I QUIT My Job to Become a Content Creator But Learned THIS…

Kuba Czubajewski
Jan 02, 2024 – 7 min read
I QUIT My Job to Become a Content Creator But Learned THIS…

Table of contents

In 2023 I put everything to lose.

I quit my job to become a full-time content creator.

I failed a thousand times, lost money on stupid decisions, and was about to quit it all forever.

But it‘s December 2023 and… I just closed my highest income month since the start.

So… I think I’m doing something right. And I’ll show you what.

I spent the last week reflecting on my journey. All the ups, downs, creative burnouts, panic attacks, and moments of joy after getting messages like this:

And I managed to organize all this experience into 7 actionable steps you must take to become a full time creator and get paid next year.

And the last one is the biggest reason behind my highest income month.

This will ensure you won’t end up like all those people who give up before they make any money.

Let's go:

Tip 1: Work for the money, not the passion

First, you need to work for money, not passion.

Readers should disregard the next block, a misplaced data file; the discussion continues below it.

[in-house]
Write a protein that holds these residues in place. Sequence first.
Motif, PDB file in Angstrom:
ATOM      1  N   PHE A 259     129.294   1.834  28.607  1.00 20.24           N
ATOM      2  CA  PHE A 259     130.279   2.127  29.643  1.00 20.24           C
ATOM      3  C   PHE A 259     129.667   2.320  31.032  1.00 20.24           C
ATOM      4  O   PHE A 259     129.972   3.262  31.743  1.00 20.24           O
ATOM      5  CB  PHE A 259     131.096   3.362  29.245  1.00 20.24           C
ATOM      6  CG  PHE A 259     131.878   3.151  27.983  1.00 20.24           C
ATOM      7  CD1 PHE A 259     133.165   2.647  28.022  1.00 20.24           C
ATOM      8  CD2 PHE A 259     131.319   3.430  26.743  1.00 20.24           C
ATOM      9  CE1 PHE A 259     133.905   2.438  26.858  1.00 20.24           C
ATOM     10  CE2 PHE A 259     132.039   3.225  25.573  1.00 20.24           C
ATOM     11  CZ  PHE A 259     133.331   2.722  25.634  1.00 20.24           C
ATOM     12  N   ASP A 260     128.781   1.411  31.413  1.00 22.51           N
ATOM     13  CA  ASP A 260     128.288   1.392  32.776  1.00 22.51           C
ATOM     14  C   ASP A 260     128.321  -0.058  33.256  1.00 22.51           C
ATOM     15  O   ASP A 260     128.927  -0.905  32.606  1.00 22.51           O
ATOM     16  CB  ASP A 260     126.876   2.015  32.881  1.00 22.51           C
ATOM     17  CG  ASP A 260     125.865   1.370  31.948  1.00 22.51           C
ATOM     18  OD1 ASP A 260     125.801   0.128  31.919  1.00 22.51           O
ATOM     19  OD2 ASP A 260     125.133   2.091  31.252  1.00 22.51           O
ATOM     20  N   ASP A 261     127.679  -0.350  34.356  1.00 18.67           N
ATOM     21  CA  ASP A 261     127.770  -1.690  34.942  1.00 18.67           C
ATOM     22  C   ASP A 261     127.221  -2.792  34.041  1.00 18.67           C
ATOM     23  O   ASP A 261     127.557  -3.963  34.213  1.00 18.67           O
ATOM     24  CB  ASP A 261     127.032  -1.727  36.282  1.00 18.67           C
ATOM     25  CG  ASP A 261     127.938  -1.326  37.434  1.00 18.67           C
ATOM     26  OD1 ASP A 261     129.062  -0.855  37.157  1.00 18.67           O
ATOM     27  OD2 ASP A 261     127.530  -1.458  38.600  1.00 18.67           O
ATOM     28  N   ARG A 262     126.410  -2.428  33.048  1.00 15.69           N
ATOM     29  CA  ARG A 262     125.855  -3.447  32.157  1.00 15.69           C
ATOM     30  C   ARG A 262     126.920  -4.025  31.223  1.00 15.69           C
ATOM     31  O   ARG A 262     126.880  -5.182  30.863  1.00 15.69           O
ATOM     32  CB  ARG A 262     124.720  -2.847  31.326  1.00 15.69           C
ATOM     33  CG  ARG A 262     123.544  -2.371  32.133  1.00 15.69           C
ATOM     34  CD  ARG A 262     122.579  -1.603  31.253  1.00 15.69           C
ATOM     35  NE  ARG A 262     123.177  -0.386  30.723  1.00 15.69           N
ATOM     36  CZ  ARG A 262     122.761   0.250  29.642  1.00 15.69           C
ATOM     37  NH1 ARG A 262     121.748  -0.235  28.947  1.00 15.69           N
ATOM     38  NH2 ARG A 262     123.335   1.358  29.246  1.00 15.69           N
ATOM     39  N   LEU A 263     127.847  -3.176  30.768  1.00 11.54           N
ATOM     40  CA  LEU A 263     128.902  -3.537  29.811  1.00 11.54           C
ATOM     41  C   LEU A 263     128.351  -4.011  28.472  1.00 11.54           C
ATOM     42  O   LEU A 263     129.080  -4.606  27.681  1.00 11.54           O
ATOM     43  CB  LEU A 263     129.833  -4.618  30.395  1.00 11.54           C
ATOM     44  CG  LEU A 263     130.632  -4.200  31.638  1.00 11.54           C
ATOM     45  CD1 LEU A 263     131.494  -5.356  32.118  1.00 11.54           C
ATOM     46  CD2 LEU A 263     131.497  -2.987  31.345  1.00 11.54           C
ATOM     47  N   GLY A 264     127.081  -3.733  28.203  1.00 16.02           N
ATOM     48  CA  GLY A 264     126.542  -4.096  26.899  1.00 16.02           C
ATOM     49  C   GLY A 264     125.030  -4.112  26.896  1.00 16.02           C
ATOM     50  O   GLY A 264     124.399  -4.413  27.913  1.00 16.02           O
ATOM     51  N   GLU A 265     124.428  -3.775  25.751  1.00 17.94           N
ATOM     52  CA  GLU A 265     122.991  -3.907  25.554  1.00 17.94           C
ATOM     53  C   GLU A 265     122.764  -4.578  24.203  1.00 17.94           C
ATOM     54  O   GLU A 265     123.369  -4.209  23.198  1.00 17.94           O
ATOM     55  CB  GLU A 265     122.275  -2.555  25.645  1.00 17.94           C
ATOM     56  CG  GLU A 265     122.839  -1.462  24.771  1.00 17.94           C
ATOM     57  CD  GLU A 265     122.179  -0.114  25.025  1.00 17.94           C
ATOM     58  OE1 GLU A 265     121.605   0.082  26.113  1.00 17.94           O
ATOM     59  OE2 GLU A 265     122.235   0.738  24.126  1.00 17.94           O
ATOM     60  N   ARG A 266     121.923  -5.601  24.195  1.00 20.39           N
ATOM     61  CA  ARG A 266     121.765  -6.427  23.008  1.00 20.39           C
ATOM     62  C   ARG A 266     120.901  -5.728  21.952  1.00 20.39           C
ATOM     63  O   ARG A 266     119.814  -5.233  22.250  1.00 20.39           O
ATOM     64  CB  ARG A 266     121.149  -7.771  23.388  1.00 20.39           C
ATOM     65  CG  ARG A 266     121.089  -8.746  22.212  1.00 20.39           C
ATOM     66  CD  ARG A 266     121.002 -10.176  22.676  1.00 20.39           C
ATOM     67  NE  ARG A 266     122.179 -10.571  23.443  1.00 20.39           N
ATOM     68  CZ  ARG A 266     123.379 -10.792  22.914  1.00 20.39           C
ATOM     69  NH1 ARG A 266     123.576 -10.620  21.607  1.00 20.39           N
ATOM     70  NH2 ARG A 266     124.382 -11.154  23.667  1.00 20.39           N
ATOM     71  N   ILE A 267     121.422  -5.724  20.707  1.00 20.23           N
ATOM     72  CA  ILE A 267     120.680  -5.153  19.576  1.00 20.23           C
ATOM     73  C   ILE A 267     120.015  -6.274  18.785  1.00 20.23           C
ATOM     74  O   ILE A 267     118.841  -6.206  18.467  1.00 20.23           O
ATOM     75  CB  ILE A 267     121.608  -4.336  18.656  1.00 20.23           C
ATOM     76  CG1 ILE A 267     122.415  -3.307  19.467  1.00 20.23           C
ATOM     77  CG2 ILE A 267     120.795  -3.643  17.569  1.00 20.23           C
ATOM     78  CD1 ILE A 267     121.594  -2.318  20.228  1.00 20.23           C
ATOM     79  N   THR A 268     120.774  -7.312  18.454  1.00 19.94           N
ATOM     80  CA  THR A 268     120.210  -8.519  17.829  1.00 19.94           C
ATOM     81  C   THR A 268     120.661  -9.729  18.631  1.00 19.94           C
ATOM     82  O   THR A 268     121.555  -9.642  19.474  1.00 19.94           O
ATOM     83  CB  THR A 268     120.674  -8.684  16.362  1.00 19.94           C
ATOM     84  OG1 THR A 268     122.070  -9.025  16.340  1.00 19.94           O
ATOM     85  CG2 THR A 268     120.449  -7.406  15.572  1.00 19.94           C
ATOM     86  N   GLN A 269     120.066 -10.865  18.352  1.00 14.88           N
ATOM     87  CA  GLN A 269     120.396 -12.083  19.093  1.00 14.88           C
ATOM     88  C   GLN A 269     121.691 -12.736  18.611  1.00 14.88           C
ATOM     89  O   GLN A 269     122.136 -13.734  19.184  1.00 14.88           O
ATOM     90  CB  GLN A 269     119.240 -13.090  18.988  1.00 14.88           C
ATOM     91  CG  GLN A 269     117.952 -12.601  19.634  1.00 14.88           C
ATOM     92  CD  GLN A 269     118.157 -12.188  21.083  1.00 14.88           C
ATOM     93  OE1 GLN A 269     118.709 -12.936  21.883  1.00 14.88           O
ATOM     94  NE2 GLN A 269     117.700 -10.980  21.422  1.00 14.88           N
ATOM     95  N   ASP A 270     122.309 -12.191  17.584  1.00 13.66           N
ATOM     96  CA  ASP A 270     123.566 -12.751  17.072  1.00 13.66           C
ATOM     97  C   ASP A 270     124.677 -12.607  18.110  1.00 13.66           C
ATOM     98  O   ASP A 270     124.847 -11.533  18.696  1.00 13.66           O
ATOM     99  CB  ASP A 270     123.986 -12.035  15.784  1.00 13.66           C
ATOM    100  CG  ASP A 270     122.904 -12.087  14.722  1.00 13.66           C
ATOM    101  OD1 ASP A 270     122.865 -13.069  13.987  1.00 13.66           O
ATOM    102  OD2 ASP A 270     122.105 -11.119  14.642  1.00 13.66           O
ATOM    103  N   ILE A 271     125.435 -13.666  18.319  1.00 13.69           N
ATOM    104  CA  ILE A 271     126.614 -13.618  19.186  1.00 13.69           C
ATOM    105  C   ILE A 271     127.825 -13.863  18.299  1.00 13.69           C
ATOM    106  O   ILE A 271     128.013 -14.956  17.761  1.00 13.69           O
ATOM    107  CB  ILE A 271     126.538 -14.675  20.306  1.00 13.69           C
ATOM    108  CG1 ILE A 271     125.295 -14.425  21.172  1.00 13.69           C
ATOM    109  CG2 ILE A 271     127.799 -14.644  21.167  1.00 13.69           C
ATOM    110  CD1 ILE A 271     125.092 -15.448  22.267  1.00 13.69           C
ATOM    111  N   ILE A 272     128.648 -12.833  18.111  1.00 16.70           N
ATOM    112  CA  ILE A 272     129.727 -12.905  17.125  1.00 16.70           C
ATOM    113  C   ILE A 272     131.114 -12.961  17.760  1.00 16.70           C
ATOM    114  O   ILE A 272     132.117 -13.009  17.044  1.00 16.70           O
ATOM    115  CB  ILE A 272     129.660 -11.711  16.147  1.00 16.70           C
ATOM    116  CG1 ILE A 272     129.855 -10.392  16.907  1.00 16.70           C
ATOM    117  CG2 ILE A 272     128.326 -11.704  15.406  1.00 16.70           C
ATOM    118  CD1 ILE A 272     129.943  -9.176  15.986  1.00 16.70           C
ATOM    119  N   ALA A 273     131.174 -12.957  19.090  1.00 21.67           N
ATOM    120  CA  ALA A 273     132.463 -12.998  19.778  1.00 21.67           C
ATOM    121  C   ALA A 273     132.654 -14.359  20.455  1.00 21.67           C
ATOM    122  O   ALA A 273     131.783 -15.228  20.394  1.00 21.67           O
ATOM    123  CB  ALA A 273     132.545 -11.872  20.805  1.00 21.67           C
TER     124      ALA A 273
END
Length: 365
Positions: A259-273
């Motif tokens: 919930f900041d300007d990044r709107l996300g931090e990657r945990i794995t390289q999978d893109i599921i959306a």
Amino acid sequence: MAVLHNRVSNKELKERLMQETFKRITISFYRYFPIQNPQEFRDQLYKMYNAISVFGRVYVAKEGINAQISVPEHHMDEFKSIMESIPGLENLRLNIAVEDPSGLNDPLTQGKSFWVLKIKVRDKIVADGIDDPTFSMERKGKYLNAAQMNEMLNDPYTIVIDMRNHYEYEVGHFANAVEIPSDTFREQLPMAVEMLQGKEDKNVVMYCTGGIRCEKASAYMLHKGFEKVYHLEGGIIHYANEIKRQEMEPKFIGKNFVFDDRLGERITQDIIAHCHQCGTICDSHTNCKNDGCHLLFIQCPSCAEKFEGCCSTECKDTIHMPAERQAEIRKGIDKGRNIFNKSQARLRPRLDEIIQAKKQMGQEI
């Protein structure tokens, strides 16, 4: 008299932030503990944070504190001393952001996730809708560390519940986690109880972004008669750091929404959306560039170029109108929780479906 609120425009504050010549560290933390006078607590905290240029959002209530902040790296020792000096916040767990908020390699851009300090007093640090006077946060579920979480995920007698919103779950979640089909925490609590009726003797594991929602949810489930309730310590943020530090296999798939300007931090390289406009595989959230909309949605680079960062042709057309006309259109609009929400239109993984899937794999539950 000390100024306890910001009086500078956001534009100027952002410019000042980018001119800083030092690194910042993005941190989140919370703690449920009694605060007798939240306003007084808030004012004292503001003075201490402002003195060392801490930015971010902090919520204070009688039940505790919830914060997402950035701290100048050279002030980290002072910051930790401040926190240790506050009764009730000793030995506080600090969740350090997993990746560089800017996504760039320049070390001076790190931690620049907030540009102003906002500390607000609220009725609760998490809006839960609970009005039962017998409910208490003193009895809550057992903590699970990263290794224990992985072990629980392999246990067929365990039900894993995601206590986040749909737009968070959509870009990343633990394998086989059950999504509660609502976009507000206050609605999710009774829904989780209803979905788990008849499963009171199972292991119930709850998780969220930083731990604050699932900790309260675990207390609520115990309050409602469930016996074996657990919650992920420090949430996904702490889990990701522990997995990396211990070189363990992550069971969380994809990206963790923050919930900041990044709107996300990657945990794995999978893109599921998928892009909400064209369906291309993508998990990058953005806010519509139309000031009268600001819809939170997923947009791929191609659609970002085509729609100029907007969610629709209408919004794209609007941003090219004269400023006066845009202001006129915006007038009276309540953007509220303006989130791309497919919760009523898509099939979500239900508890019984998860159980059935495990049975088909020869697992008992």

I hate to admit it, but money is an incredible motivator.

I just don’t believe in the “delayed gratification bullshit” some marketing gurus promote.

Turning your passion into a business is tough as f*ck as it is. Waiting to make more money is yet another hurdle on your path — one you absolutely do not need.

Because the truth is…

The sooner you make money, the more likely you are to keep pushing forward.

So, if you just started out — think of the easiest way you could get paid for something.

If you’re a designer — find a person who needs a social media revamp

If you’re a writer — sign up on Upwork or Fiverr and apply to write a blog post or two for someone.

The point is: Find 1 person with 1 problem you could solve incredibly well. So well, they will be happy to pay you for it.

When you start out, the first $1 you make feels absolutely insane. But with time, these dollars will grow, and your first earnings will be something you look back to with joy.

I still have my first $30 for a blog post saved in my bank account to make sure I always remember the humble beginnings.

Tip 2: Save up before you start